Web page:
Watching TV images on Friday of Ada Colau smiling as she entered the hall where her political party Barcelona en Comú (Commons) were about to decide on a pact to retain the mayoralty of Barcelona through the support of the Catalan Socialists (PSC) and Manuel Valls's Ciudadanos candidacy, and hearing the roar of the audience as she went up the aisle, with chants of "mayor! mayor!", there was only one thing to say: how well the Socialists have executed this. They rescued Colau when she was moribund after her defeat in the May 26th elections and now she owes them her life. They skillfully maneuvered to transfer the allegiance of the elites, who just 24 hours before had wanted to see the mayor of Barcelona disappear from their lives and now agreed to defend her with their lives. And finally, they made moves across the entire chessboard of municipalities and city councils to form agreements with the Commons group that go well beyond the city of Barcelona. They will have control of the powerful provincial body, the Diputació de Barcelona and cities like Sabadell and Tarragona, to name two, where the Commons will now turn sideways to return to the past and slowly eat the words they have been uttering all these years. The deceased ICV has returned, but it no longer stands for the ex-communist group Initiative for Catalunya Verds; now, the acronym stands for the initials of the alliance of Iceta, Colau, and Valls.
When in 49 BC Julius Caesar returned to Rome after his victorious campaign in Gaul, he decided to defy the Roman law that prohibited entering Italy with an army instead of demobilizing it and made ready to pass the frontier by crossing the Rubicon, a shallow river that marked the boundary. It was then that Caesar delivered his famous phrase alea jacta est, which can be translated as "the die has been cast", knowing that the action would have consequences. It is evident that election night winner Ernest Maragall's ERC party today feels wounded by the attitude of the Commons, after making sufficient gestures to reasonably think that Colau would not give them a slap in the face, an action justified purely in self-interest.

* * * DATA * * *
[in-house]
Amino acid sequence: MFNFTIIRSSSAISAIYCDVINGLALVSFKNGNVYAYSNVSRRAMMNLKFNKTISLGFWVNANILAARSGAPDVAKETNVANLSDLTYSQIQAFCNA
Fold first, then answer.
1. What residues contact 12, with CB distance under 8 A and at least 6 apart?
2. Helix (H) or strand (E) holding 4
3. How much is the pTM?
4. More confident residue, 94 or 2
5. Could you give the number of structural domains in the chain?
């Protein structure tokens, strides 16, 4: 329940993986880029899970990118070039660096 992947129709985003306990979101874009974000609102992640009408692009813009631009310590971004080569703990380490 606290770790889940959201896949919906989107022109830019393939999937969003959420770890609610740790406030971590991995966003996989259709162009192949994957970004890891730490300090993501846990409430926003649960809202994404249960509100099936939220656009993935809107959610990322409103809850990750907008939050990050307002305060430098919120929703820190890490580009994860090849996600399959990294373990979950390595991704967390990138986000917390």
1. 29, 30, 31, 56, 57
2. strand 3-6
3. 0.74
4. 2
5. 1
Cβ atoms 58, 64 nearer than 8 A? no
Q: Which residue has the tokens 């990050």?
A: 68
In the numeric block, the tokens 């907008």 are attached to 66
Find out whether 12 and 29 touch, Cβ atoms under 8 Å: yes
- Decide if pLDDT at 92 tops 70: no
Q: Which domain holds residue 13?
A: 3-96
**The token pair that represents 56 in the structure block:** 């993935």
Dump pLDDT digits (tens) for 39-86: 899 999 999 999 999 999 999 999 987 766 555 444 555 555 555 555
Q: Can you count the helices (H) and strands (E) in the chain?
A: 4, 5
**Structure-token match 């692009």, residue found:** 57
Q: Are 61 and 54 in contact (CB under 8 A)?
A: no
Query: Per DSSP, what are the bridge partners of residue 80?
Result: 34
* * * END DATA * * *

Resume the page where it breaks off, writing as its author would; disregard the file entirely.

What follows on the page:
But when did Colau really cross the Rubicon? Now, by accepting a pact in order to hang on to the mayoralty? When she joined in with the Spanish state's dirty war to discredit previous Barcelona mayor Xavier Trias, spreading fake news that was known from the outset to be fake? When she maintained an equidistant position on the 1st October referendum assuming the least possible risk? When she criticised the Barcelona elites and business community in the past, or now as she becomes their candidate, despite how terrible she seems to all sides? Politics often delivers unforeseen conclusions and, if this political tale goes where it now appears to be going, it will mark one of the most hilarious plot twists in recent times. The sharpened Socialist knives are resting on the cold marble, and if they could talk, they would talk of Miquel Iceta and the speaker's position in the Senate, of Maragall's own departure several years ago from the PSC ...but, above all, of how easy it has been to convince Colau.
In the words of Giulio Andreotti, who, during his long life, saw and did everything: "In detective stories, the villain always gets caught, but in real life it hardly ever happens".